El Dorado of Bits and Bytes

Dossier: Big Data

New technologies allow access to increasingly large amounts of data that can be evaluated: Big Data, Internet of Things and Blockchain have the potential to completely revolutionise our everyday lives and trade. Companies could produce more efficiently in future and science could gain entirely new insights thanks to improved data – or so it is said.

Is there any truth behind the hype? Is everything gold that glitters in the El Dorado of bits and bytes? In an interview with the daily newspaper “Der Standard“, the German mathematician Gerd Antes recently warned that Big Data might lead us into a trap. He calls this a “Big Data Paradox”: a larger amount of data may be misleading, while well selected samples can sometimes provide results that are just as good. Big Data do not (automatically) lead to more knowledge.

In terms of examples, Antes refers to absurd connections that can be found in large amounts of data, such as the correlation between the daily consumption of cheese and the number of people who strangle themselves with their own bed sheet.

Artificial Intelligence and Natural Stupidity

Likewise, the German philosopher Lisa Herzog recently warned of a dangerous combination of artificial intelligence and natural stupidity in her blog “Besser arbeiten“ (working better) at “Zeit online“: instead of solving the problems of humanity, artificial intelligence caters to the commercialisation. It filters messages of people who hold the same opinion and brings them together, thus creating echo chambers.

Digital media technologies influence almost every area of our everyday lives. However, it is not only about technology but about what the people do with it.

Wolfgang Aigner, head of the Institute of Creative\Media/Technologies at the St. Pölten UAS

The research of Wolfgang Aigner, head of the Institute of Creative\Media/Technologies at the St. Pölten UAS, mainly deals with the visualisation of large amounts of data in order to make them clearer and better understandable, so that conclusions can be drawn from them more easily.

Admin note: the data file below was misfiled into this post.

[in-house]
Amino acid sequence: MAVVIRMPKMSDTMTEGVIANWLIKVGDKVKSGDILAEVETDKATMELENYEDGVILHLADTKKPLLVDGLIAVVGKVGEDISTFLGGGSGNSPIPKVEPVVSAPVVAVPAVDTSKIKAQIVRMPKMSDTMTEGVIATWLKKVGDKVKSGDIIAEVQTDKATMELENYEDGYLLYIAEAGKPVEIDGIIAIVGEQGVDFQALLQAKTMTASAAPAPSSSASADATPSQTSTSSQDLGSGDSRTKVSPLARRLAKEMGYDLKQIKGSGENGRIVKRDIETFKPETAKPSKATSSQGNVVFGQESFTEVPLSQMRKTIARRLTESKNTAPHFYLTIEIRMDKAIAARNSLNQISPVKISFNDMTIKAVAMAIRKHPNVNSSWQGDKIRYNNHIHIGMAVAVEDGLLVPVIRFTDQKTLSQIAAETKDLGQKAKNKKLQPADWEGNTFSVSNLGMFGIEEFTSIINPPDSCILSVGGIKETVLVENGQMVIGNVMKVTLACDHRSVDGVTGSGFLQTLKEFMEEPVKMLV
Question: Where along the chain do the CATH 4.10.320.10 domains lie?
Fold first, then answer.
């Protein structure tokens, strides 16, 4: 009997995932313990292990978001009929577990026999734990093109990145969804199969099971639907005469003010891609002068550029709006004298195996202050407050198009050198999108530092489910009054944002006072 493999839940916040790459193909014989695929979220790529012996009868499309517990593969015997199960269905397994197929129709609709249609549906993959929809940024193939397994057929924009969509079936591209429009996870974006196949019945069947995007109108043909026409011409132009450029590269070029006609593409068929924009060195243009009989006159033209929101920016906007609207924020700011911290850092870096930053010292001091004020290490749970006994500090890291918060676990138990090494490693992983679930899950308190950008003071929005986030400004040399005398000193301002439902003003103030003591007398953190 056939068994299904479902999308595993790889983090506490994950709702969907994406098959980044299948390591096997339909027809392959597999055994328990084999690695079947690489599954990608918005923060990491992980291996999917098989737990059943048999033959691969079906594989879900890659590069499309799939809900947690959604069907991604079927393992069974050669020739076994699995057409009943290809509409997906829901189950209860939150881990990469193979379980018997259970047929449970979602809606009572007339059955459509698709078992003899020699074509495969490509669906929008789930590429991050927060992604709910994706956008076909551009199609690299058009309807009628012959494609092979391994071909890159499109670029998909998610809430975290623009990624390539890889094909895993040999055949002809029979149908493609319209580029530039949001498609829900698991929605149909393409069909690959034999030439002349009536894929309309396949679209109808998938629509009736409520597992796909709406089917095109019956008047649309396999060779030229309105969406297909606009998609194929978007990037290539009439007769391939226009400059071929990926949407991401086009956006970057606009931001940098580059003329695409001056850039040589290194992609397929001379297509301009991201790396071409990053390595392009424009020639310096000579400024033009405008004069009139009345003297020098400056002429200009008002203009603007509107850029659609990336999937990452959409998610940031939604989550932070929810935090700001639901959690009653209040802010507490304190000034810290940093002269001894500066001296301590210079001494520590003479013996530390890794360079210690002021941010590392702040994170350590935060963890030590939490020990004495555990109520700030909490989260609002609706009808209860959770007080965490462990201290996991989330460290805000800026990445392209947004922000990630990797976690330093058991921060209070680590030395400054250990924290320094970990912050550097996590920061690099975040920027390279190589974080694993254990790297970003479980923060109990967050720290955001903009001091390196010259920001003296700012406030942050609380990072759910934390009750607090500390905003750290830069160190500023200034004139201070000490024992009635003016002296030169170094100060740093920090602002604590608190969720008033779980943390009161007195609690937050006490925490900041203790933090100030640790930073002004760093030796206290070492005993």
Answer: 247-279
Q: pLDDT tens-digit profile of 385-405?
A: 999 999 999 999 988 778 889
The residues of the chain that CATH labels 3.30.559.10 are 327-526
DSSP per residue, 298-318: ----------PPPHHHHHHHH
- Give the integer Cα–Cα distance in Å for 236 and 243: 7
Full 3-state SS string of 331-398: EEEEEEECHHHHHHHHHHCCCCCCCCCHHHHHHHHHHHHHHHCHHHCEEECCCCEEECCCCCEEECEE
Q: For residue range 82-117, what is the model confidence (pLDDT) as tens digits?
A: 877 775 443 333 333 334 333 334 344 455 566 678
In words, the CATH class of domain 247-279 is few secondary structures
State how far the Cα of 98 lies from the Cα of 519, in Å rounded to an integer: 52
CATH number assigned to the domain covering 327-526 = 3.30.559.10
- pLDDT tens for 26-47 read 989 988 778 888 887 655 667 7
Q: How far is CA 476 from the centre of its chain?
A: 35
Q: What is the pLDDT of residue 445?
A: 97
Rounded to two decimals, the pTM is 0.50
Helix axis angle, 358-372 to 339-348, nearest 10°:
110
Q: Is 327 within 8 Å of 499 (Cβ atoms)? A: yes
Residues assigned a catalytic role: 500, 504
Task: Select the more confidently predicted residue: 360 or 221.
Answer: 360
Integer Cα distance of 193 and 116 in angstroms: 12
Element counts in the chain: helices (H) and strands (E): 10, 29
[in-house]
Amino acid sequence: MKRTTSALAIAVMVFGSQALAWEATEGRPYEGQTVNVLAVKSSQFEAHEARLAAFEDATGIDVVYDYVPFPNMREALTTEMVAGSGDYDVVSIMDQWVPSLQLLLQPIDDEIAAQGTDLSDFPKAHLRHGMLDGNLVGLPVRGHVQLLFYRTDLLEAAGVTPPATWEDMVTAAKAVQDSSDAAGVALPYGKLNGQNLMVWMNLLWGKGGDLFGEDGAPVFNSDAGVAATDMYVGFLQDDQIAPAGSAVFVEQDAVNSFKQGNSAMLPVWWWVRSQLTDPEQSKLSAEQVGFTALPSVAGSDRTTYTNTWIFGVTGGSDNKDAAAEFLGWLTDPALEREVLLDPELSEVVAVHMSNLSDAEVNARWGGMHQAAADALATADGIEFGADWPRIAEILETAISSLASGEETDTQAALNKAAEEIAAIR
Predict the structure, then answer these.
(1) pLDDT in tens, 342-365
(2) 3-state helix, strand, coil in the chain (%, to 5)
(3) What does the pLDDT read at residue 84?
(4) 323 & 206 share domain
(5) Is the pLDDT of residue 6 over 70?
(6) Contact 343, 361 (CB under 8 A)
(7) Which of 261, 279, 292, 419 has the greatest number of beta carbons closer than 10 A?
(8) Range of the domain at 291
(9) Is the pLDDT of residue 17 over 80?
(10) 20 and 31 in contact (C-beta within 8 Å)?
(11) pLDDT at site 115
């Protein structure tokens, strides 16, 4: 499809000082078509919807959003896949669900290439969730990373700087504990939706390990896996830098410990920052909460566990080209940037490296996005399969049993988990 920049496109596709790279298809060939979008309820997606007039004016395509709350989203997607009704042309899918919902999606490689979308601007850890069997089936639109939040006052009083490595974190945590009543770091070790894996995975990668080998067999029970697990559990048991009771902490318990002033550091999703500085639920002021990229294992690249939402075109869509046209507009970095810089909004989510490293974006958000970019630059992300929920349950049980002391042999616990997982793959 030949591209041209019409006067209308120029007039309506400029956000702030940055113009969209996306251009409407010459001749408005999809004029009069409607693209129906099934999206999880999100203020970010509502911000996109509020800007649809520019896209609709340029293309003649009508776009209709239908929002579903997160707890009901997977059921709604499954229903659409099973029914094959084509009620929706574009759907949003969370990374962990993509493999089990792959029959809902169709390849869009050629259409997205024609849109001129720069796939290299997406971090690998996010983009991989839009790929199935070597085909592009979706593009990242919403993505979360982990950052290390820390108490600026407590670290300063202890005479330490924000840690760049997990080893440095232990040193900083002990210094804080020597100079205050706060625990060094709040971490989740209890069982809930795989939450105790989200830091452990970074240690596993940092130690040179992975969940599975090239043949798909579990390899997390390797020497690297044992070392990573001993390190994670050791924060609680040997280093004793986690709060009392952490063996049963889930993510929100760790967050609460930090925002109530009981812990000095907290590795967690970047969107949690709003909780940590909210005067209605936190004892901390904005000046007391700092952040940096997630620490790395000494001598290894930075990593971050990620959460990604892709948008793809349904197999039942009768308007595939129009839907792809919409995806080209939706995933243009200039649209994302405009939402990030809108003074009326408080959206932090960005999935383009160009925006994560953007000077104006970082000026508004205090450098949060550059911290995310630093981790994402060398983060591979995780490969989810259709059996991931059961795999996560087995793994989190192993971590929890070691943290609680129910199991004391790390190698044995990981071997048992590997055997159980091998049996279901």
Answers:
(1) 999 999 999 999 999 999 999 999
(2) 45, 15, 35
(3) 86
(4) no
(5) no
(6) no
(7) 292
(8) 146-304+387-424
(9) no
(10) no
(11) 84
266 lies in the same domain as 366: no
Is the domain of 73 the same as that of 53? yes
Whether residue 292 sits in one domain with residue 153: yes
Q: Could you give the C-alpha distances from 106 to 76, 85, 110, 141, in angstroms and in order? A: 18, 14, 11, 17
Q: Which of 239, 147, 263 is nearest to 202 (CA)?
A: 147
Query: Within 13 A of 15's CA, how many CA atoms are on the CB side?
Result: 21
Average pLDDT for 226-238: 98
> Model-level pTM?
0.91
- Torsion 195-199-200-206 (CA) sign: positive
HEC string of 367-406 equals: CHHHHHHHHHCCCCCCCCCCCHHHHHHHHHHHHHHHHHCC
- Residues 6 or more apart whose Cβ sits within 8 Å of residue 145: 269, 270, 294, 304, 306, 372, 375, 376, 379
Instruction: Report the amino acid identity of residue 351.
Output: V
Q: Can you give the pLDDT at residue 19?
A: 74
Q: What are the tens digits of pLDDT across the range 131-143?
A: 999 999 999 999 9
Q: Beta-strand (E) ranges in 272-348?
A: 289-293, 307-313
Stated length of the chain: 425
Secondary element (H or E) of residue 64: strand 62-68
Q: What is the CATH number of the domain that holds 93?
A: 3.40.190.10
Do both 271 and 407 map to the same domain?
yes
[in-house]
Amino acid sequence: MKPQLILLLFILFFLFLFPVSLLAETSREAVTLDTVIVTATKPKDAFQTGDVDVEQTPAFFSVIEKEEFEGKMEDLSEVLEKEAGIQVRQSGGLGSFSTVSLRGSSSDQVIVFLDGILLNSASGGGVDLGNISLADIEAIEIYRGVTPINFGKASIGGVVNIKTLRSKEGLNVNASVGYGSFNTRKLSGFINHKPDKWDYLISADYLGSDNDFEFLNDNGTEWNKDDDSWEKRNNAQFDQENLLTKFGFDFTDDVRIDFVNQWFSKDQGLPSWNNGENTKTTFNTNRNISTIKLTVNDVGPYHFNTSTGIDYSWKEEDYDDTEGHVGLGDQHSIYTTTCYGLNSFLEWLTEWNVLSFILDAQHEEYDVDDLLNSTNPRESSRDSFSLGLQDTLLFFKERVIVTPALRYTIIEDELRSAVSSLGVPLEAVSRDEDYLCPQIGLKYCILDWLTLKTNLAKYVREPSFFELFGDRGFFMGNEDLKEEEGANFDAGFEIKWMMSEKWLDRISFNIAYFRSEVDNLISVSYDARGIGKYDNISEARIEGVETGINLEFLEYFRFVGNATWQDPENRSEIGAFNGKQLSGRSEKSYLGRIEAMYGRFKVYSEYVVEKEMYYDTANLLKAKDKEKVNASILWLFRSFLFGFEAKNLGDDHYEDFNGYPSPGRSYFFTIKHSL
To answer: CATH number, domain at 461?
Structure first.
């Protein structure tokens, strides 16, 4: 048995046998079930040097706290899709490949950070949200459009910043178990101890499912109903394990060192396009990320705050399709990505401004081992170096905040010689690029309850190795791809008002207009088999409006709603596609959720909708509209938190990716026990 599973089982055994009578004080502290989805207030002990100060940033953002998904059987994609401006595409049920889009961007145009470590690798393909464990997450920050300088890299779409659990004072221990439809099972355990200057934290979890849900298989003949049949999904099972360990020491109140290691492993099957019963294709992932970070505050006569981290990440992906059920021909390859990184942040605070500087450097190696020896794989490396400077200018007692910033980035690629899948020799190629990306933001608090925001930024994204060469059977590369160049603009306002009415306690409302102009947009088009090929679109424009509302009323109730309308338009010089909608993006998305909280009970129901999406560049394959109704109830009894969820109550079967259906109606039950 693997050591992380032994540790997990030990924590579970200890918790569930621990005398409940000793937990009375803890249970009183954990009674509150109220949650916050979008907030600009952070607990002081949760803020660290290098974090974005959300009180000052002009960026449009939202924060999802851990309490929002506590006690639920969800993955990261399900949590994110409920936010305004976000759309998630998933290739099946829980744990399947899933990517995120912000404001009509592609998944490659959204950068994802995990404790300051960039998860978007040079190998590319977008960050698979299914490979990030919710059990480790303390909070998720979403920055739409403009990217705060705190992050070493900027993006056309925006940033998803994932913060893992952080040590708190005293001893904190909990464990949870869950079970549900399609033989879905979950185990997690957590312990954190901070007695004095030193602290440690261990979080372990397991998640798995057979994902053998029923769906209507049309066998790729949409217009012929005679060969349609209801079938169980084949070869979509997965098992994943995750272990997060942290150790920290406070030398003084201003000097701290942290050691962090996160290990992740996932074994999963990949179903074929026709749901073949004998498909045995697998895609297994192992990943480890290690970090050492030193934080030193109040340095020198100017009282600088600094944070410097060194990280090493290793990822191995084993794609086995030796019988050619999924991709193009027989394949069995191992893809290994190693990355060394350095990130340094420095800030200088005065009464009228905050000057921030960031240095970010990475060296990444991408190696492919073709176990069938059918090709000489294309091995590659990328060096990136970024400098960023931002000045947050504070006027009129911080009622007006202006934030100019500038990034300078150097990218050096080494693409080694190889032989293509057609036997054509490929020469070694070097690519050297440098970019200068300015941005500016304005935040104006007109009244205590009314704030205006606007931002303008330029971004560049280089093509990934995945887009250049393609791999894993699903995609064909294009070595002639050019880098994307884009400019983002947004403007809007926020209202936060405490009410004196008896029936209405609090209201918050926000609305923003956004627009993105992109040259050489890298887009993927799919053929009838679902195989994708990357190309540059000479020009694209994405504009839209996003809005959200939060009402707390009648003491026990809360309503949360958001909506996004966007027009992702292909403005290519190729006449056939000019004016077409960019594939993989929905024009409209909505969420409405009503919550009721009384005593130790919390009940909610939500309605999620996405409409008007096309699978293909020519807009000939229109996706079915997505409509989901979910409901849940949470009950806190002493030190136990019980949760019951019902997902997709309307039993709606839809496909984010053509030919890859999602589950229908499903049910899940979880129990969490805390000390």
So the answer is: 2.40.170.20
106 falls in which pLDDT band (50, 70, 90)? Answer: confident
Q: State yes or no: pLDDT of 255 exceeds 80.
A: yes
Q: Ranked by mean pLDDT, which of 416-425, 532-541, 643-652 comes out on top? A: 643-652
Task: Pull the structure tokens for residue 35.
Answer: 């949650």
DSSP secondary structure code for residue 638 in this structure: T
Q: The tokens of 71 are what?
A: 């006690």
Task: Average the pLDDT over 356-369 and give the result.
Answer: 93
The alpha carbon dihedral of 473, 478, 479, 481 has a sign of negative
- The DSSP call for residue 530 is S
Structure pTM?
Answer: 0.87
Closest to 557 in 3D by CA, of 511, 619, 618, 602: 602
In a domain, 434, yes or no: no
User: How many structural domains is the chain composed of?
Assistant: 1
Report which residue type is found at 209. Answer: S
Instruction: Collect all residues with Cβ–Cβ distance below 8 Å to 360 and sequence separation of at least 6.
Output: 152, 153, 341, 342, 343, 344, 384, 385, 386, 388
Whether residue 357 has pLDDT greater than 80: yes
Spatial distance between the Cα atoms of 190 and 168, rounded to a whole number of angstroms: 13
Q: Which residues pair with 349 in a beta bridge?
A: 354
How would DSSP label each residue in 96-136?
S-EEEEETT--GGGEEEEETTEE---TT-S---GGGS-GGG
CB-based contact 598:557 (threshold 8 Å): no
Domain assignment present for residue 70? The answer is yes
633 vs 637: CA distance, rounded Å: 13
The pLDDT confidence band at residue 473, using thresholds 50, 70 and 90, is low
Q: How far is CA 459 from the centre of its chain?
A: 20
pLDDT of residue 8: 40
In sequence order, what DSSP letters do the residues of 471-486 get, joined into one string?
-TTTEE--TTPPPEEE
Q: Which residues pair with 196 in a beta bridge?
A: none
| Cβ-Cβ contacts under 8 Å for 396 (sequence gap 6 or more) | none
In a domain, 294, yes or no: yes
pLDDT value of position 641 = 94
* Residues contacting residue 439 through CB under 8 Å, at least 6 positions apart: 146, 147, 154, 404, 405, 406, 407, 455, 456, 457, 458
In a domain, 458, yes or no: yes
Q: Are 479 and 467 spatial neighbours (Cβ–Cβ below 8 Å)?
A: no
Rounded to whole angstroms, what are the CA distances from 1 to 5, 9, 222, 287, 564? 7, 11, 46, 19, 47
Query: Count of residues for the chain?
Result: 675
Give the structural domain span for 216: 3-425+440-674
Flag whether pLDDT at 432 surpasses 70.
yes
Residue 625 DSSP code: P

According to Aigner, Big Data is both a hype and an opportunity – a buzzword that is used to describe this and that. It is, however, also a reality that comes with certain challenges.

“Although the abundance of data opens up entirely new possibilities for technological advance and commercial success, the methods used to analyse data and support decision-making processes are frequently unable to keep up. Research disciplines such as Data Science, Big Data Analytics, Visual Analytics, and Machine Learning are trying to bridge the gap”, explains Aigner.

According to the researcher, reasonable fields of application include medical diagnoses using machine learning and prediction models in climate research.

Asking the Right Questions

Large amounts of data alone are not a universal remedy, says Aigner. We still have to ask the right questions – only then can Big Data help us find the answers.

“Large amounts of data can be automatically processed only through simplification but this means that background information and knowledge are often lacking. As a consequence, the greatest potential lies in so-called human-in-the-loop systems in which the person remains a central element of the knowledge discovery process and covers all those areas that cannot reasonably be automated”, illustrates Aigner.

Not everyone who has access to a large database and knows how to do something with it is a data scientist.

Marlies Temper, Academic Director of the study programme Data Science and Business Analytics at the St. Pölten UAS

Blockchain: More Than a Technology for Cryptocurrencies

Based on the Blockchain technology, a multitude of applications emerged over the past few decades, for example for the protection of databases and server systems. This data set technology is particularly well-known for the generation of cryptocurrencies. However, it offers other practical applications for the industry as well.

Thanks to their high counterfeit protection, Blockchains allow users to design strongly decentralised systems in which the participating parties do not necessarily trust each other. Decentralised means that data are distributed over many computers and not centrally managed by one person.